New Town

Standing in Edinburgh’s New Town, it’s hard to believe that there was virtually nothing here until the 1700s. Despite overcrowding in the Old Town, there were no houses here until the mid century due to the fact that, up until that point, there was no direct access to the land and the Nor’ Loch lay in the way. At this time the Scottish economy was on the rise but Edinburgh was in danger of losing its rich and educated residents to London. And so a plan was put in place to build the New Town, which would offer clean and spacious living for those who could afford it.

Work began in 1765 and went on for the best part of 100 years as the New Town was built up in stages. The city had imposed several rules on the property builders in order to maintain some uniformity of style and, with the area becoming increasingly fashionable, some notable architects of the day were brought in to design the new builds. The Nor’ Loch was drained and transformed into the spectacular Princes Street Gardens. The end result was a great success; an ostentatious example of neo-classical architecture and a celebration of Edinburgh and Scotland’s union with England.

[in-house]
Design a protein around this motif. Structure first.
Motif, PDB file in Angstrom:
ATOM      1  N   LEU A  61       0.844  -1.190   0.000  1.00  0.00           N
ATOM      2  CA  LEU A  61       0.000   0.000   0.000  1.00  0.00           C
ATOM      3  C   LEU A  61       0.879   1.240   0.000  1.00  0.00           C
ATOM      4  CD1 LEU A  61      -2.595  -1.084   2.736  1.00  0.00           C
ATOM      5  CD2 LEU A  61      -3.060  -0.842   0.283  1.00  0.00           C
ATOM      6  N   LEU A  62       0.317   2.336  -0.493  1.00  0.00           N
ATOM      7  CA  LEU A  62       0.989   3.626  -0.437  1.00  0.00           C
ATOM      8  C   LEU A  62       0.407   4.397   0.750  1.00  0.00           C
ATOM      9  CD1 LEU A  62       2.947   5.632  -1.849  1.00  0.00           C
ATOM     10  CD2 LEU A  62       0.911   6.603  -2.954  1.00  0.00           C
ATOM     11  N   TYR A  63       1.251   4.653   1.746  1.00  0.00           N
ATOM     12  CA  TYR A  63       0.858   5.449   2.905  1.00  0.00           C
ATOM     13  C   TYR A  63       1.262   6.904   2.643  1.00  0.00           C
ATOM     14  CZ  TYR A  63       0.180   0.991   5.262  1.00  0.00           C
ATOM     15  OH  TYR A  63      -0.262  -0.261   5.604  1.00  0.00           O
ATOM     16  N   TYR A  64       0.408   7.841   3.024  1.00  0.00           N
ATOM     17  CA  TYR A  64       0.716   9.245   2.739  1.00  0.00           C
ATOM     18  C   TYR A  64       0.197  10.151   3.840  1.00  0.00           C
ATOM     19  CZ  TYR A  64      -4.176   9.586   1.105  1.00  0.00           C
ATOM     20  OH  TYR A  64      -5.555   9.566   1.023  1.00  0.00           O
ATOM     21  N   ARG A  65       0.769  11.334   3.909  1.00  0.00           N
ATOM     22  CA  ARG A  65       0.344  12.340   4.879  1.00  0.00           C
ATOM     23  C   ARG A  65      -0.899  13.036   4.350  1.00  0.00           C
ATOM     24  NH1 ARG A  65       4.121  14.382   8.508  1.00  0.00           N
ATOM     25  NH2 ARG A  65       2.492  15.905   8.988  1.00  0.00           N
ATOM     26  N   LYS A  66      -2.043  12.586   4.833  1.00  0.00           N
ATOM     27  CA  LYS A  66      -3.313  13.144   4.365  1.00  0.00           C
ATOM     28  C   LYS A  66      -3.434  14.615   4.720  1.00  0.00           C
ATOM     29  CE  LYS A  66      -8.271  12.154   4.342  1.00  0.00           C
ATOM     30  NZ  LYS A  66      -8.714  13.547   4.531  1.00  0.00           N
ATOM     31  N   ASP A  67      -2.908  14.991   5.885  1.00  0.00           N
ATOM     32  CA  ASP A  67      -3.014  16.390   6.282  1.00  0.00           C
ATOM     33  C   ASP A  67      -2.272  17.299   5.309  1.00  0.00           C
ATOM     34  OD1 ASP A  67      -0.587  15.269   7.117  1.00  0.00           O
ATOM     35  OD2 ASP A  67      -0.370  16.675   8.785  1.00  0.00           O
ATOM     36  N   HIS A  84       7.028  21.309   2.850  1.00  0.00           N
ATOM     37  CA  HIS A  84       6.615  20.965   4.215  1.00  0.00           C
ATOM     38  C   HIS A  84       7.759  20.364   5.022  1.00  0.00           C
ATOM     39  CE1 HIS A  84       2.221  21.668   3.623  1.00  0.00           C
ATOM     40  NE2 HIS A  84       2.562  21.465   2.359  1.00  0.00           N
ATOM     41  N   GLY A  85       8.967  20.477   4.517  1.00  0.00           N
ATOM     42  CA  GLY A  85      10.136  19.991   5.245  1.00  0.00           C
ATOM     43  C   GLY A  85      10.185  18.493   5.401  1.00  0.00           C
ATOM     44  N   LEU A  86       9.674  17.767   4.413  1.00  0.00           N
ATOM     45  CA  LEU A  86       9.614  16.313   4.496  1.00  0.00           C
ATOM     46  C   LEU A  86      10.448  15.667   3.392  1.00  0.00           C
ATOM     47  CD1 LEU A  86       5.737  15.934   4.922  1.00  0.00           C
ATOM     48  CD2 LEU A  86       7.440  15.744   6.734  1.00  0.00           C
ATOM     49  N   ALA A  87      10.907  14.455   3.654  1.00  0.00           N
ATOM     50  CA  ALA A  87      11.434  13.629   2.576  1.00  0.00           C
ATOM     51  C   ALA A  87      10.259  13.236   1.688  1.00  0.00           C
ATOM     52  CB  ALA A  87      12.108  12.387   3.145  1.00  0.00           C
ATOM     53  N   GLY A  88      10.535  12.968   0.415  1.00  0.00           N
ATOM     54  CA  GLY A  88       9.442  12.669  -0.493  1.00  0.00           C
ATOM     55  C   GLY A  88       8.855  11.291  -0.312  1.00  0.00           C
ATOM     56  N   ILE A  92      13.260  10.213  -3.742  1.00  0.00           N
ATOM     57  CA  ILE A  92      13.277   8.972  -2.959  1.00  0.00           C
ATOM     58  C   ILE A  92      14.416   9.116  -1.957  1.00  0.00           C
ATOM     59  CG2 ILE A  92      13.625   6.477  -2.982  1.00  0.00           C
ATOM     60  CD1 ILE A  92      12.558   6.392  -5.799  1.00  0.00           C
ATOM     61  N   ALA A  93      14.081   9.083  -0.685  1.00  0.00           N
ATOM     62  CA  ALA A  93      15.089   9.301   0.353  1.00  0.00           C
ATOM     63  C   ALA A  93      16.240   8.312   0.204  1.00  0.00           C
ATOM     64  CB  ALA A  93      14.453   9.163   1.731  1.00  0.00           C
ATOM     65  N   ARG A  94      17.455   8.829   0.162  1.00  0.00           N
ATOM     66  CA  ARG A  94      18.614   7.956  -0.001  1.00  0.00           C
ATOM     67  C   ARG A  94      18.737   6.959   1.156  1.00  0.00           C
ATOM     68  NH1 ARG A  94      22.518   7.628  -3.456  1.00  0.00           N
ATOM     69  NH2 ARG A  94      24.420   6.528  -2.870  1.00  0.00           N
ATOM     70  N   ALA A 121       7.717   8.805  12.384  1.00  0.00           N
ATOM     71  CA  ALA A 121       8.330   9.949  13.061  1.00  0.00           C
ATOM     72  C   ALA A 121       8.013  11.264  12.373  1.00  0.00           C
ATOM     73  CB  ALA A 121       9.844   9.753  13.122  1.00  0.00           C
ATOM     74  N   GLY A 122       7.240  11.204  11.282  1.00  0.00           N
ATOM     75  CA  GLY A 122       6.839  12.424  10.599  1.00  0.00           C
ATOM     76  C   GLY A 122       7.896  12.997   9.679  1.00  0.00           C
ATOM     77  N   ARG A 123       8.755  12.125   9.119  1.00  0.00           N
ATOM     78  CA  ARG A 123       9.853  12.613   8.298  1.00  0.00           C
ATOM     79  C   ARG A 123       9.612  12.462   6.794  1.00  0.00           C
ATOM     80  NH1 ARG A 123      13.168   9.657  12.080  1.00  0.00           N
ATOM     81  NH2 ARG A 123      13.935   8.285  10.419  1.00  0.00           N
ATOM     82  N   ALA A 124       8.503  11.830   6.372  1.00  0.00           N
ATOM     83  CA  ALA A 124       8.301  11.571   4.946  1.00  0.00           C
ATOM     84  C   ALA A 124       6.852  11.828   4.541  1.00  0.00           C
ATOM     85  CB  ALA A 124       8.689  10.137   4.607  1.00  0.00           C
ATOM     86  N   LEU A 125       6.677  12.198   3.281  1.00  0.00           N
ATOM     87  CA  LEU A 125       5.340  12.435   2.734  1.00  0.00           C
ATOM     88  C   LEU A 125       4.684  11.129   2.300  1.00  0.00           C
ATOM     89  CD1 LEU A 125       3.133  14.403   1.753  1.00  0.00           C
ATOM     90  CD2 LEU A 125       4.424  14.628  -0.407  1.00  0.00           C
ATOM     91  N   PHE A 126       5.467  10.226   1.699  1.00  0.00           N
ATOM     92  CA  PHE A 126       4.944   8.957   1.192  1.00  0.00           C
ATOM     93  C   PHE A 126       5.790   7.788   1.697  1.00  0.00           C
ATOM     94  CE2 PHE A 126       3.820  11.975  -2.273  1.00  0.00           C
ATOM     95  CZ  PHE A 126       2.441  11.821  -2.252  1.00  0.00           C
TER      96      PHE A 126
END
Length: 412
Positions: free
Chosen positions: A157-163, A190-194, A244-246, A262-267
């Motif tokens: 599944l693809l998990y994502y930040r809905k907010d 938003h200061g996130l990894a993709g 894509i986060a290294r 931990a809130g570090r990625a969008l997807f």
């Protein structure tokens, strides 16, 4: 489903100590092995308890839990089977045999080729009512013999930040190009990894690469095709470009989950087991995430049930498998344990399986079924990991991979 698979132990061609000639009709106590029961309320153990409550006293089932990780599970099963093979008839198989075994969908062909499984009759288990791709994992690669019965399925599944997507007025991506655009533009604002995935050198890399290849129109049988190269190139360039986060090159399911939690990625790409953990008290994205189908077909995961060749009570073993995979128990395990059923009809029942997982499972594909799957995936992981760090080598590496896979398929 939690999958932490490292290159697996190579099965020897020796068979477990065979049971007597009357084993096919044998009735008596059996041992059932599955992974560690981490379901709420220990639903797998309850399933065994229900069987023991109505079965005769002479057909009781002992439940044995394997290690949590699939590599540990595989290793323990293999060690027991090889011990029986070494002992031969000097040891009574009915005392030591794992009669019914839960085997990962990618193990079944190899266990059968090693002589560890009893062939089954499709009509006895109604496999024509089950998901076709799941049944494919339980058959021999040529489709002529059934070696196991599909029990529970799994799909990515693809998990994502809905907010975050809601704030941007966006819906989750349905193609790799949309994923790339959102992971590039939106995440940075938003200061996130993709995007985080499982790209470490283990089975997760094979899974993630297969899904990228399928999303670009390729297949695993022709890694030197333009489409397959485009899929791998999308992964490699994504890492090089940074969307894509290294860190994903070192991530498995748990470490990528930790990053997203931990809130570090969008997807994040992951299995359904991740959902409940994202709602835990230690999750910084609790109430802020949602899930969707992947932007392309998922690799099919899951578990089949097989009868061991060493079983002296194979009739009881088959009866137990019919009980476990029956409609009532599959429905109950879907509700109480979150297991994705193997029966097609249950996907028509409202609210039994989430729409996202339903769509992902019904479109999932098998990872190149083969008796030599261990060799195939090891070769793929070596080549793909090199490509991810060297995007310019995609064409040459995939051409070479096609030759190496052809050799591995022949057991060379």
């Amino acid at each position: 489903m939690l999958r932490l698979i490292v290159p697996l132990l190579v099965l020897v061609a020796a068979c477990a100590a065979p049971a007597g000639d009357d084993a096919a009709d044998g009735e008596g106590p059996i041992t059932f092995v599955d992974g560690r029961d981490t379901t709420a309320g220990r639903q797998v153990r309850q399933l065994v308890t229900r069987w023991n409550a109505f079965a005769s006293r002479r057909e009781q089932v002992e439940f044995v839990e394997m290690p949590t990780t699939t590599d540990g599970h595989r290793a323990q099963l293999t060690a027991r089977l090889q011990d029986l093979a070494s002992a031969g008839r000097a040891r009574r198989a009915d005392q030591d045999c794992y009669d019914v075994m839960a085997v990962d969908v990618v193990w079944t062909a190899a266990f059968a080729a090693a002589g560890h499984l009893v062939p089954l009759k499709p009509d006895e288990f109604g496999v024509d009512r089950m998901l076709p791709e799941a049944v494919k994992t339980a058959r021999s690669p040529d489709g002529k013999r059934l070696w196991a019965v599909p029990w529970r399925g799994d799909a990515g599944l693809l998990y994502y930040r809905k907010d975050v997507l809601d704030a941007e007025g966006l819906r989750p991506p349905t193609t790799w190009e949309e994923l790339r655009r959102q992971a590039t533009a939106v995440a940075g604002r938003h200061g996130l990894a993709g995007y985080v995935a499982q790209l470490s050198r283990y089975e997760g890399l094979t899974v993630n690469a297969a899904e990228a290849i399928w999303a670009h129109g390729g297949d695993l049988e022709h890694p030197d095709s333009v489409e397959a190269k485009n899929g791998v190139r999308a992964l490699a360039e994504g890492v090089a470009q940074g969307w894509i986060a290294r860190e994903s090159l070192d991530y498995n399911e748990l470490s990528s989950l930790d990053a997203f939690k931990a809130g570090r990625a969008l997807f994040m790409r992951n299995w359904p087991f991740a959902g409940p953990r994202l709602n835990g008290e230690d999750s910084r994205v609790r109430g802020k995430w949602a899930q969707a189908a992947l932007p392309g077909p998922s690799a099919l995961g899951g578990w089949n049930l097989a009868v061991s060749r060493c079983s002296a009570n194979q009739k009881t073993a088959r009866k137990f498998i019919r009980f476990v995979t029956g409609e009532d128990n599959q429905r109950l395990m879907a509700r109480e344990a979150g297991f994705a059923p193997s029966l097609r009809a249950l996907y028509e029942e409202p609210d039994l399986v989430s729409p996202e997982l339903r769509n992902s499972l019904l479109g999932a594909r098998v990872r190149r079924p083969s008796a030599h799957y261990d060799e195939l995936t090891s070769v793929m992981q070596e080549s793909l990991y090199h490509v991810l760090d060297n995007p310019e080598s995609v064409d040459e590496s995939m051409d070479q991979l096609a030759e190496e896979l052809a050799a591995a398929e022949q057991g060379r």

Development on the New Town continues to this day, but most of the original Georgian buildings remain and the area still boasts a majestic image. In the city centre, shops, bars and restaurants now occupy the family houses, and the streets are filled day and night with people.

Nowadays Princes Street is widely regarded as Edinburgh’s principal street, and it is home to many well-known high street brands. Its beauty is the fact that just one side of the street is built up and so down the length of the road there are stunning views across the gardens to the castle and Old Town. Running parallel to this is George Street which also stakes a claim to the title of finest street in Edinburgh. Although perhaps the New Town is not as striking as its counterpart, it does arguably make up for this in terms of practicality. Filled with dining options, high-fashion shops, stylish bars and well-served by public transport, the New Town is always busy with visitors and locals alike.

That is not to say that the only interests for tourists in the New Town are shopping and dining. Besides the spectacular architecture, there are a number of art galleries including the National Gallery of Scotland and Scottish National Portrait Gallery, a cinema complex, the Scott Monument and the city observatory.